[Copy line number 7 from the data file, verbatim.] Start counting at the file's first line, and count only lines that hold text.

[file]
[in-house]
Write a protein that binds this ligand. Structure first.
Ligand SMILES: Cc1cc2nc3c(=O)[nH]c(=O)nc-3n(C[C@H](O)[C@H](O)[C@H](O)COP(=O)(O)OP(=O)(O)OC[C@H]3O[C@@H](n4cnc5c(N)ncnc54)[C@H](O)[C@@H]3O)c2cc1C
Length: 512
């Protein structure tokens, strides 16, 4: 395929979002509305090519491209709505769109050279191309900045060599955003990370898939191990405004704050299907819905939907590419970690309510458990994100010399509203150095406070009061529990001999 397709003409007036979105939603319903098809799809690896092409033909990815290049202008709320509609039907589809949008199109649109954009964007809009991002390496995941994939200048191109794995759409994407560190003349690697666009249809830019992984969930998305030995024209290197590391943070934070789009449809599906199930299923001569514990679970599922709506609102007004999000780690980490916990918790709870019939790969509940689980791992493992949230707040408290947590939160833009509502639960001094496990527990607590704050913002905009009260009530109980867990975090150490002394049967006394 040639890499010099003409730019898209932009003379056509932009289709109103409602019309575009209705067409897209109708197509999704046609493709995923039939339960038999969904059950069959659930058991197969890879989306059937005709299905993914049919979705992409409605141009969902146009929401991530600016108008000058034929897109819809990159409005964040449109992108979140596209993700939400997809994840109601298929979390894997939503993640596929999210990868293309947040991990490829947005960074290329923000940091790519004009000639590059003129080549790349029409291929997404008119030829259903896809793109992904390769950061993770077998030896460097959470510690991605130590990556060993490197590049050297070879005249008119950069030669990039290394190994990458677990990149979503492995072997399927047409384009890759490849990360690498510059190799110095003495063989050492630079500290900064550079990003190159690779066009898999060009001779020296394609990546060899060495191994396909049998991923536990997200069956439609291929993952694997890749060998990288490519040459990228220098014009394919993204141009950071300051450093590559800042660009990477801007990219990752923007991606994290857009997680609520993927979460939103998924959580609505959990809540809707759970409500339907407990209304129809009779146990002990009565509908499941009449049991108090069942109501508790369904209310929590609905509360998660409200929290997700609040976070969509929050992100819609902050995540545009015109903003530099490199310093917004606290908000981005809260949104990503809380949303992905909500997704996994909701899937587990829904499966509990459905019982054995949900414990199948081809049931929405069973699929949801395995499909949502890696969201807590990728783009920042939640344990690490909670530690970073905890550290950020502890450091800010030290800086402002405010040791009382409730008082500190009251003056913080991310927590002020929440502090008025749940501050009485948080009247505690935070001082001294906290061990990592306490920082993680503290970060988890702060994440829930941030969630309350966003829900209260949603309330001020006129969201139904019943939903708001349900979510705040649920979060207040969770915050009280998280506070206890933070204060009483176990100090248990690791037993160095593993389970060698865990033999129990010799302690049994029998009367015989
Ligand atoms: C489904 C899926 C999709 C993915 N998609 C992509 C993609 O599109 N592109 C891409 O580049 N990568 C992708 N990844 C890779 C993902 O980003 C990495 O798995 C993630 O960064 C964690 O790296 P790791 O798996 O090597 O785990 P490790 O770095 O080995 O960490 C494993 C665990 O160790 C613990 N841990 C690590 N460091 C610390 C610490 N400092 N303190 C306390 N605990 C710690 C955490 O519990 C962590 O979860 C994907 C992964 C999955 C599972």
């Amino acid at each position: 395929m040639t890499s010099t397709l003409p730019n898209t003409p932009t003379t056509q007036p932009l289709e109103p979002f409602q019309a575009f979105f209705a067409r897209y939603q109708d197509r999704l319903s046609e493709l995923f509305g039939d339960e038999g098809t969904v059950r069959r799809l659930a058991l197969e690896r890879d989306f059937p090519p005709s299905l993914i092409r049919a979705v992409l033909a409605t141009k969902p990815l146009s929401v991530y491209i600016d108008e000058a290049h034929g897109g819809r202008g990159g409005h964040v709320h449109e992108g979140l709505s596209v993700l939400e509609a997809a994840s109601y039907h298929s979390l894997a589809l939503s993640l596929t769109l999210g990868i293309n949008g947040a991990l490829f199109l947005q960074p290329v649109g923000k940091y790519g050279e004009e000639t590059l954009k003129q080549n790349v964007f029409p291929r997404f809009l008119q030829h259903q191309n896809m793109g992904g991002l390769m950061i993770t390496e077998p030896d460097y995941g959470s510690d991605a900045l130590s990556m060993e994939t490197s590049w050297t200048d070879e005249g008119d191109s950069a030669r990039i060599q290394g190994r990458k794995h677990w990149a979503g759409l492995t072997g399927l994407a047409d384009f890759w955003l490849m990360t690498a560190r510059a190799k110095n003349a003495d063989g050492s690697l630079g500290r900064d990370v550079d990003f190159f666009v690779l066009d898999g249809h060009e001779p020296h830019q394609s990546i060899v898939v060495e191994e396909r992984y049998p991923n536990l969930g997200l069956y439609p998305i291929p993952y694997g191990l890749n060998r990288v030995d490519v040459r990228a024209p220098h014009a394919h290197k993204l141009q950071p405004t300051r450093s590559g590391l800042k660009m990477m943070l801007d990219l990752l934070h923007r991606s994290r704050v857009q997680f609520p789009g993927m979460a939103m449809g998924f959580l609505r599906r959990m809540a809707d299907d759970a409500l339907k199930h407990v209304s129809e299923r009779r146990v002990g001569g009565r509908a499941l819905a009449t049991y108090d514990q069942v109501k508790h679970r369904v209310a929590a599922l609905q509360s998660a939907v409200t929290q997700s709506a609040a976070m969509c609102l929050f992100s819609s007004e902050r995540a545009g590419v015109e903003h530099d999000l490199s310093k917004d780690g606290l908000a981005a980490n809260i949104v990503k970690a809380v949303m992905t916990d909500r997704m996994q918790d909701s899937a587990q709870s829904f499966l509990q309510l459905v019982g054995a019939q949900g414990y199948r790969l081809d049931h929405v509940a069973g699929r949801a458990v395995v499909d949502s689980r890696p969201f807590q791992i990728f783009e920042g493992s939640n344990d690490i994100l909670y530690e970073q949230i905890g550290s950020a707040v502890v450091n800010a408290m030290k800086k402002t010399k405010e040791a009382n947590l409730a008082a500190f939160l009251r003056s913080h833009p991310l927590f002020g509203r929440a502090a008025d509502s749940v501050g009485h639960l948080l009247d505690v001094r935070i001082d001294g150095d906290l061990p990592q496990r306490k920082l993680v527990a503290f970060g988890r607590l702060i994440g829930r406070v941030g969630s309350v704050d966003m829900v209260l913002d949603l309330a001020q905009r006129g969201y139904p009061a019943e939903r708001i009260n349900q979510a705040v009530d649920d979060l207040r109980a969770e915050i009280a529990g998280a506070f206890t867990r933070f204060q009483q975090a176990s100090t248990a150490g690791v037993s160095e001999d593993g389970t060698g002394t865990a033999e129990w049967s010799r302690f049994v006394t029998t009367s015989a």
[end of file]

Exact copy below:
């Amino acid at each position: 395929m040639t890499s010099t397709l003409p730019n898209t003409p932009t003379t056509q007036p932009l289709e109103p979002f409602q019309a575009f979105f209705a067409r897209y939603q109708d197509r999704l319903s046609e493709l995923f509305g039939d339960e038999g098809t969904v059950r069959r799809l659930a058991l197969e690896r890879d989306f059937p090519p005709s299905l993914i092409r049919a979705v992409l033909a409605t141009k969902p990815l146009s929401v991530y491209i600016d108008e000058a290049h034929g897109g819809r202008g990159g409005h964040v709320h449109e992108g979140l709505s596209v993700l939400e509609a997809a994840s109601y039907h298929s979390l894997a589809l939503s993640l596929t769109l999210g990868i293309n949008g947040a991990l490829f199109l947005q960074p290329v649109g923000k940091y790519g050279e004009e000639t590059l954009k003129q080549n790349v964007f029409p291929r997404f809009l008119q030829h259903q191309n896809m793109g992904g991002l390769m950061i993770t390496e077998p030896d460097y995941g959470s510690d991605a900045l130590s990556m060993e994939t490197s590049w050297t200048d070879e005249g008119d191109s950069a030669r990039i060599q290394g190994r990458k794995h677990w990149a979503g759409l492995t072997g399927l994407a047409d384009f890759w955003l490849m990360t690498a560190r510059a190799k110095n003349a003495d063989g050492s690697l630079g500290r900064d990370v550079d990003f190159f666009v690779l066009d898999g249809h060009e001779p020296h830019q394609s990546i060899v898939v060495e191994e396909r992984y049998p991923n536990l969930g997200l069956y439609p998305i291929p993952y694997g191990l890749n060998r990288v030995d490519v040459r990228a024209p220098h014009a394919h290197k993204l141009q950071p405004t300051r450093s590559g590391l800042k660009m990477m943070l801007d990219l990752l934070h923007r991606s994290r704050v857009q997680f609520p789009g993927m979460a939103m449809g998924f959580l609505r599906r959990m809540a809707d299907d759970a409500l339907k199930h407990v209304s129809e299923r009779r146990v002990g001569g009565r509908a499941l819905a009449t049991y108090d514990q069942v109501k508790h679970r369904v209310a929590a599922l609905q509360s998660a939907v409200t929290q997700s709506a609040a976070m969509c609102l929050f992100s819609s007004e902050r995540a545009g590419v015109e903003h530099d999000l490199s310093k917004d780690g606290l908000a981005a980490n809260i949104v990503k970690a809380v949303m992905t916990d909500r997704m996994q918790d909701s899937a587990q709870s829904f499966l509990q309510l459905v019982g054995a019939q949900g414990y199948r790969l081809d049931h929405v509940a069973g699929r949801a458990v395995v499909d949502s689980r890696p969201f807590q791992i990728f783009e920042g493992s939640n344990d690490i994100l909670y530690e970073q949230i905890g550290s950020a707040v502890v450091n800010a408290m030290k800086k402002t010399k405010e040791a009382n947590l409730a008082a500190f939160l009251r003056s913080h833009p991310l927590f002020g509203r929440a502090a008025d509502s749940v501050g009485h639960l948080l009247d505690v001094r935070i001082d001294g150095d906290l061990p990592q496990r306490k920082l993680v527990a503290f970060g988890r607590l702060i994440g829930r406070v941030g969630s309350v704050d966003m829900v209260l913002d949603l309330a001020q905009r006129g969201y139904p009061a019943e939903r708001i009260n349900q979510a705040v009530d649920d979060l207040r109980a969770e915050i009280a529990g998280a506070f206890t867990r933070f204060q009483q975090a176990s100090t248990a150490g690791v037993s160095e001999d593993g389970t060698g002394t865990a033999e129990w049967s010799r302690f049994v006394t029998t009367s015989a």